Systemic scleroderma (systemic scleroderma) - IRF5 and STAT4 Genes
Systemic scleroderma, also known as systemic sclerosis or scleroderma progressive familial, is an autoimmune disease that affects the skin and internal organs, characterized by the accumulation of scar tissue in the skin and other organs. Alteration called systemic sclerosis because fibrosis can affect other organs besides the skin. Fibrosis is due to excess production of collagen, which strengthens and supports the connective tissues throughout the body.
Usually the signs and symptoms of the disease begin with episodes of Raynaud's phenomenon, which may occur weeks or years before fibrosis. In Raynaud's phenomenon, the fingers of the affected people turn white or blue in response to cold temperatures or other stresses. This effect occurs because of problems with small vessels that carry blood to the extremities. Another early sign of systemic scleroderma are swollen or swollen hands before thickening and hardening of the skin due to fibrosis. Generally, thickening of the skin is initially produced in the fingers and can also affect the hands and face. In addition, these individuals have ulcers on the fingers, calcinosis and telangiectasias. Fibrosis can also affect internal organs and can lead to deficiency or failure of the affected organs. Most often, the affected organs are the esophagus, heart, lungs and kidneys. The internal organ can manifest through heartburn (heartburn), dysphagia, hypertension, kidney disease, respiratory distress, diarrhea or intestinal pseudo - obstruction.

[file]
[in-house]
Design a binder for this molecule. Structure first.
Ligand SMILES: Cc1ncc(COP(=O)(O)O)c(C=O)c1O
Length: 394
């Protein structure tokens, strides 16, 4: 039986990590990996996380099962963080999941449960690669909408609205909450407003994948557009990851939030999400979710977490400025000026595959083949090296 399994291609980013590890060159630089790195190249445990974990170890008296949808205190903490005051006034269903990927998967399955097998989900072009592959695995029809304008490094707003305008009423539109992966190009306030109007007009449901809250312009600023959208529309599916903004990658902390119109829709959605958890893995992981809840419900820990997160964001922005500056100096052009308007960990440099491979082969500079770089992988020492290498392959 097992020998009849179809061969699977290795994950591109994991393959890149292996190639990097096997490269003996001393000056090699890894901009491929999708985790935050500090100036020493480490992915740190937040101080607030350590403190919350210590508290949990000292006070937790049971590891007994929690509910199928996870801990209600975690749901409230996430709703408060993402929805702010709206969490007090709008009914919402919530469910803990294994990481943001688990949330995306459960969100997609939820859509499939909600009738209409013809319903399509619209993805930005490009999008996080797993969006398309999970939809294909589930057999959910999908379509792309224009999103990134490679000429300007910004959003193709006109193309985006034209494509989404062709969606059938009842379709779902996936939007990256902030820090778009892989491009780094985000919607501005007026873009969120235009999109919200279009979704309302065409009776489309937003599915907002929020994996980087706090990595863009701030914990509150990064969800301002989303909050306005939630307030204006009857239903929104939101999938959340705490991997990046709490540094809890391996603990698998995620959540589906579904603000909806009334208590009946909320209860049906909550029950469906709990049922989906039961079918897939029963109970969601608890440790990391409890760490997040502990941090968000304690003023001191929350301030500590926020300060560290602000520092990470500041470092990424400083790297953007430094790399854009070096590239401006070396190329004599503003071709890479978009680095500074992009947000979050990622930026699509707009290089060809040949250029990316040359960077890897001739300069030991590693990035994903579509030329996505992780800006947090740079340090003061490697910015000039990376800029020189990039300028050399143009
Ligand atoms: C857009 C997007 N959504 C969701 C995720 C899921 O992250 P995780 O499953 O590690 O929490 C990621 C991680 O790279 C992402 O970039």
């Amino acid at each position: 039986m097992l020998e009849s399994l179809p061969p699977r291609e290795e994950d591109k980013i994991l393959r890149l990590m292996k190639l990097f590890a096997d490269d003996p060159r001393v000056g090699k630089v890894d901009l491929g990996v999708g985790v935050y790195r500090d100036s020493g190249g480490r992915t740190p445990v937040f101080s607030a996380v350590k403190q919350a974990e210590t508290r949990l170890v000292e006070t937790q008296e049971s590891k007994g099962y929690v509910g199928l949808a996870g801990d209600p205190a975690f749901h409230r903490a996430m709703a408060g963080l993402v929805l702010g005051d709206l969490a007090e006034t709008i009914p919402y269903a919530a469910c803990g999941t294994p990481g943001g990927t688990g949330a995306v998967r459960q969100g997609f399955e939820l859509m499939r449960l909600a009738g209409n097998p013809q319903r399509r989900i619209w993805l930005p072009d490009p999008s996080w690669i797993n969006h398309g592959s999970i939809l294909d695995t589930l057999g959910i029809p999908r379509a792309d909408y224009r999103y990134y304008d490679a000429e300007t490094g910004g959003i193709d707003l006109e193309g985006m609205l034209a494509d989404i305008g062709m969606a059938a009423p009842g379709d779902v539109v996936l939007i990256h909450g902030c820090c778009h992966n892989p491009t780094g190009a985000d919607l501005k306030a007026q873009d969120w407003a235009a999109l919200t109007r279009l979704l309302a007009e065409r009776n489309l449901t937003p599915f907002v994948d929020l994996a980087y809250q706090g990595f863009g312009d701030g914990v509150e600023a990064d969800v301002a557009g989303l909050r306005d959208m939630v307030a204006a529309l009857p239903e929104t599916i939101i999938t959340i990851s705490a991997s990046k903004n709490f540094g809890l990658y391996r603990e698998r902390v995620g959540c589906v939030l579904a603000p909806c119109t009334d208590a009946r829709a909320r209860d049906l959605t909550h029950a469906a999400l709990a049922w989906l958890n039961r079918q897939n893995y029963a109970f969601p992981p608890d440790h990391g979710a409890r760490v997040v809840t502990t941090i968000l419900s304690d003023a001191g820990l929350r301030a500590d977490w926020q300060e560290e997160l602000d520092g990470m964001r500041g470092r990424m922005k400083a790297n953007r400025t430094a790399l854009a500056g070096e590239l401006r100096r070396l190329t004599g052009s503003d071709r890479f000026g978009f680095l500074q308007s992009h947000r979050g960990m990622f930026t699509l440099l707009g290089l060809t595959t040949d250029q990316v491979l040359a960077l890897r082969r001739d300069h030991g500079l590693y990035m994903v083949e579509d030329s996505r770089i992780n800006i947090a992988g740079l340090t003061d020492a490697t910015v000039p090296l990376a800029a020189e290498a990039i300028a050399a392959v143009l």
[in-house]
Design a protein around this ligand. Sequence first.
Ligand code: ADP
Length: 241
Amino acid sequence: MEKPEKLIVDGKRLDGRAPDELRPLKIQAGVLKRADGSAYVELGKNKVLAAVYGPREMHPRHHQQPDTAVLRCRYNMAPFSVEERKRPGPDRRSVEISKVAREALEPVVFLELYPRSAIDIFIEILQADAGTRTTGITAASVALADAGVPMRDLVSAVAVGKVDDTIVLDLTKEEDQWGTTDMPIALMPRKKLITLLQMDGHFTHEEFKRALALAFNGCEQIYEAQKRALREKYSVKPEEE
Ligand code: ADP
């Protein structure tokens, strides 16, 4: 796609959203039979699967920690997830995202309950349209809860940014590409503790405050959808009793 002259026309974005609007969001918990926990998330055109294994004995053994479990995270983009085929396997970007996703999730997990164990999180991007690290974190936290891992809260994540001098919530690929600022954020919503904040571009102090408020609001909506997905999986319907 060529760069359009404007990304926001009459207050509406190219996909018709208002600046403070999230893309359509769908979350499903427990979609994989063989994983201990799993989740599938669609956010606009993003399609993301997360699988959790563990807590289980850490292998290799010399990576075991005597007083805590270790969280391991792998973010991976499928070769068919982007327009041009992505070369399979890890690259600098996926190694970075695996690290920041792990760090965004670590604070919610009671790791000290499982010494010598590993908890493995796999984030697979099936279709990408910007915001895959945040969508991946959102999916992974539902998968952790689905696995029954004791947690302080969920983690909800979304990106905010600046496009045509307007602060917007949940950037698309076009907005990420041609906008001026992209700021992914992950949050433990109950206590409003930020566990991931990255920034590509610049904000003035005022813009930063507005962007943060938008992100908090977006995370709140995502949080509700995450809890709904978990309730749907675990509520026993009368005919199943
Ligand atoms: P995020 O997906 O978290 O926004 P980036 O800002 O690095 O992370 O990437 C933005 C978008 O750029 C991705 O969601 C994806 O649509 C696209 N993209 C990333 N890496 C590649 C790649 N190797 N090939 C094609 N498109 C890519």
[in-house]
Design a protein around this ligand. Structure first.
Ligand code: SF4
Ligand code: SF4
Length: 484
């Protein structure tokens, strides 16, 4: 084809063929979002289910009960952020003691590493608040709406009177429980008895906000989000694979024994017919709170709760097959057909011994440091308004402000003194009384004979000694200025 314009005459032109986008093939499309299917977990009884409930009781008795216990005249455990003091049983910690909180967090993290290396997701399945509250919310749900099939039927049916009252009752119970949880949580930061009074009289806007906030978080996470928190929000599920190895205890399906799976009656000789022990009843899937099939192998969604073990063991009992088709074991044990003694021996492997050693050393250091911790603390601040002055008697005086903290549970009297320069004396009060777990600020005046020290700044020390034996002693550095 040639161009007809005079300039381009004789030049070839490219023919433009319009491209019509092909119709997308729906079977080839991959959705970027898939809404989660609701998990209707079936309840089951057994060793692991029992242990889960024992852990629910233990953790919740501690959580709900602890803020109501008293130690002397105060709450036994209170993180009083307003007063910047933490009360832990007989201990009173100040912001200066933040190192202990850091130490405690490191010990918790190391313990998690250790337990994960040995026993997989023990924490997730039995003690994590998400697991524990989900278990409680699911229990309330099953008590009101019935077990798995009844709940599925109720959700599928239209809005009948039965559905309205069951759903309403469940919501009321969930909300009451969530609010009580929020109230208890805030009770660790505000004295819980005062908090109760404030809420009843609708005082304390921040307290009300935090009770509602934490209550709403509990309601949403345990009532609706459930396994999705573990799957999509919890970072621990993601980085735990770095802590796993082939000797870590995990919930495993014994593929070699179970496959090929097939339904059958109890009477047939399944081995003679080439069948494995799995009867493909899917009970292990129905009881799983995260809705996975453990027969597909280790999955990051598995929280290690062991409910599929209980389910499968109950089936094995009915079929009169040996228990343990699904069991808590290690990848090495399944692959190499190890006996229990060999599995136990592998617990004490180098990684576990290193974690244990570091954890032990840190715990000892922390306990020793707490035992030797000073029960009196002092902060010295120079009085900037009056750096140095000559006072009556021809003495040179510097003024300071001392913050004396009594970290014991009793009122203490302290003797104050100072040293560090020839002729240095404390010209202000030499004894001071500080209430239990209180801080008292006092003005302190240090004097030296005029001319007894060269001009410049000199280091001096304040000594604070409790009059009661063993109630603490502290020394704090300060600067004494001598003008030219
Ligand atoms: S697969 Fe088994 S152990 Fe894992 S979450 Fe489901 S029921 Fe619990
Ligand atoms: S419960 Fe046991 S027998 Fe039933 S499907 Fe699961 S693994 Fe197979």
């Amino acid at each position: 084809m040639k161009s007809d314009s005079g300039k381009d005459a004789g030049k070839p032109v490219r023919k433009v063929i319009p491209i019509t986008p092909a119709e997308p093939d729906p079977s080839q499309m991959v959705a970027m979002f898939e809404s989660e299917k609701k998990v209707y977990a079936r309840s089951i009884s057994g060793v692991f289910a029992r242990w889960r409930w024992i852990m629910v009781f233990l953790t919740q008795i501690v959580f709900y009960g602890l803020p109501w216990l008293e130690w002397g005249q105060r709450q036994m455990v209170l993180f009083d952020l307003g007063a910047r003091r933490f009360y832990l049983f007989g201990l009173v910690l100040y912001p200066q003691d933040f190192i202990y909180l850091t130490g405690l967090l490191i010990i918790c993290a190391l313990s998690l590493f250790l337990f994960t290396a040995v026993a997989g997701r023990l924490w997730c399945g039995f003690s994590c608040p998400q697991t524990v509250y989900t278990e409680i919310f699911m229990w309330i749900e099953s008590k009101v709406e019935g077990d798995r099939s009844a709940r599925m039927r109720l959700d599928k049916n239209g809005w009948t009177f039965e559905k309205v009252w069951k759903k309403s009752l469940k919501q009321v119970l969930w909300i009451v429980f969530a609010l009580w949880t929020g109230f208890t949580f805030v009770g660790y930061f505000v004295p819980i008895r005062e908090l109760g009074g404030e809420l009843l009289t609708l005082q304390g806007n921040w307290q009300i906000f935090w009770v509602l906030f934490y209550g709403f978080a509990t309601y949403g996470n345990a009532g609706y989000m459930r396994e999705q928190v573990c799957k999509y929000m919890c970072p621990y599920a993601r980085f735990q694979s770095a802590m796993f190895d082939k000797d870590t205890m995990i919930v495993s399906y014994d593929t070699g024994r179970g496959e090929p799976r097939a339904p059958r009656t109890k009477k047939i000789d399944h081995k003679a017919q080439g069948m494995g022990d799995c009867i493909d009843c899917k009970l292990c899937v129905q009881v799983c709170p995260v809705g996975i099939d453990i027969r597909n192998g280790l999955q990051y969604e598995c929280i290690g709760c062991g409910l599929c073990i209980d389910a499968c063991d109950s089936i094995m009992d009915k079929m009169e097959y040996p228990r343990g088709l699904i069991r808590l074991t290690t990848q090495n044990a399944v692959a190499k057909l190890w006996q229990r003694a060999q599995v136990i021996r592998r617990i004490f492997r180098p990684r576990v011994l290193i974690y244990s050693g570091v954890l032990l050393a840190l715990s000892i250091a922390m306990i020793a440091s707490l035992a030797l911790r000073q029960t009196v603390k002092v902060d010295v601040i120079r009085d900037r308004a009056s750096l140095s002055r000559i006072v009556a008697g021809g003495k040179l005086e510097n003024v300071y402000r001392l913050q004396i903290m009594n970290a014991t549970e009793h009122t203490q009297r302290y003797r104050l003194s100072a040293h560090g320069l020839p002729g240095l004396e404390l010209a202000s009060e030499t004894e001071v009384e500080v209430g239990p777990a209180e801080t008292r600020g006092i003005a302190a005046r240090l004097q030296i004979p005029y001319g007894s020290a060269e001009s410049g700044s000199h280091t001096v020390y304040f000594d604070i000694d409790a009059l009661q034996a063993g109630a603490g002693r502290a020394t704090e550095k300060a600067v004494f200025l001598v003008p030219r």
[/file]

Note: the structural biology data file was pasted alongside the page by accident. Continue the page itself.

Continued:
They described three types of systemic scleroderma, which vary depending on the tissues affected. In one systemic scleroderma, known as limited cutaneous systemic scleroderma, fibrosis usually affects only the hands, arms , and face. This guy used to be known as CREST syndrome, named after the common characteristics of alteration: calcinosis, Raynaud's phenomenon, esophageal motility dysfunction, Sclerodactyly and telangiectasia. In other systemic scleroderma, systemic scleroderma skin known as diffuse fibrosis affects large areas of the skin, including the torso, arms and legs and often internal organs. In diffuse cutaneous systemic scleroderma, the disease gets worse quickly and organ damage occurs earlier than in other types of disease. In the third type of systemic scleroderma, systemic sclerosis called sine scleroderma, fibrosis affects one or more internal organs, but not to the skin.
Approximately 15 and 25% of people with characteristics of systemic scleroderma manifest signs and symptoms of other disease affecting connective tissue, such as polymyositis, dermatomyositis, rheumatoid arthritis, Sjogren's syndrome or lupus erythematosus systemic. The combination of systemic scleroderma with other abnormalities of connective tissue known as scleroderma overlap syndrome.